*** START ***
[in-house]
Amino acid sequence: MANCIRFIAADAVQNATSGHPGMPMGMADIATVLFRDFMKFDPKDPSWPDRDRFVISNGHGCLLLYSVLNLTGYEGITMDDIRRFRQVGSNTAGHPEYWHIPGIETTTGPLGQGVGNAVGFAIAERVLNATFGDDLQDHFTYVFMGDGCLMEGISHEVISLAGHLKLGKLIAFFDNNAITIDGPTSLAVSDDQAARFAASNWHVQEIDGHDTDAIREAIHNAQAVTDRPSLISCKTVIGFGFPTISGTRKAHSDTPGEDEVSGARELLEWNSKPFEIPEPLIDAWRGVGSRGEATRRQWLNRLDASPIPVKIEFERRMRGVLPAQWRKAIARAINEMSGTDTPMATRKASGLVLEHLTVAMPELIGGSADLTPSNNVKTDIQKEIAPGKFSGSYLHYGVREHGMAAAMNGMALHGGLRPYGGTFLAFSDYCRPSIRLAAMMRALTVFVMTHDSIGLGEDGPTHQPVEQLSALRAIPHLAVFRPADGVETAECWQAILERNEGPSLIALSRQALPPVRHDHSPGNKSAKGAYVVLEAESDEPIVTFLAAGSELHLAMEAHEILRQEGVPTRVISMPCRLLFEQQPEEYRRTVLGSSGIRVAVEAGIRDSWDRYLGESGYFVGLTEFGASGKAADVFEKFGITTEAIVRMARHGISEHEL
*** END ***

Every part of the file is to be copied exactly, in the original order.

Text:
[in-house]
Amino acid sequence: MANCIRFIAADAVQNATSGHPGMPMGMADIATVLFRDFMKFDPKDPSWPDRDRFVISNGHGCLLLYSVLNLTGYEGITMDDIRRFRQVGSNTAGHPEYWHIPGIETTTGPLGQGVGNAVGFAIAERVLNATFGDDLQDHFTYVFMGDGCLMEGISHEVISLAGHLKLGKLIAFFDNNAITIDGPTSLAVSDDQAARFAASNWHVQEIDGHDTDAIREAIHNAQAVTDRPSLISCKTVIGFGFPTISGTRKAHSDTPGEDEVSGARELLEWNSKPFEIPEPLIDAWRGVGSRGEATRRQWLNRLDASPIPVKIEFERRMRGVLPAQWRKAIARAINEMSGTDTPMATRKASGLVLEHLTVAMPELIGGSADLTPSNNVKTDIQKEIAPGKFSGSYLHYGVREHGMAAAMNGMALHGGLRPYGGTFLAFSDYCRPSIRLAAMMRALTVFVMTHDSIGLGEDGPTHQPVEQLSALRAIPHLAVFRPADGVETAECWQAILERNEGPSLIALSRQALPPVRHDHSPGNKSAKGAYVVLEAESDEPIVTFLAAGSELHLAMEAHEILRQEGVPTRVISMPCRLLFEQQPEEYRRTVLGSSGIRVAVEAGIRDSWDRYLGESGYFVGLTEFGASGKAADVFEKFGITTEAIVRMARHGISEHEL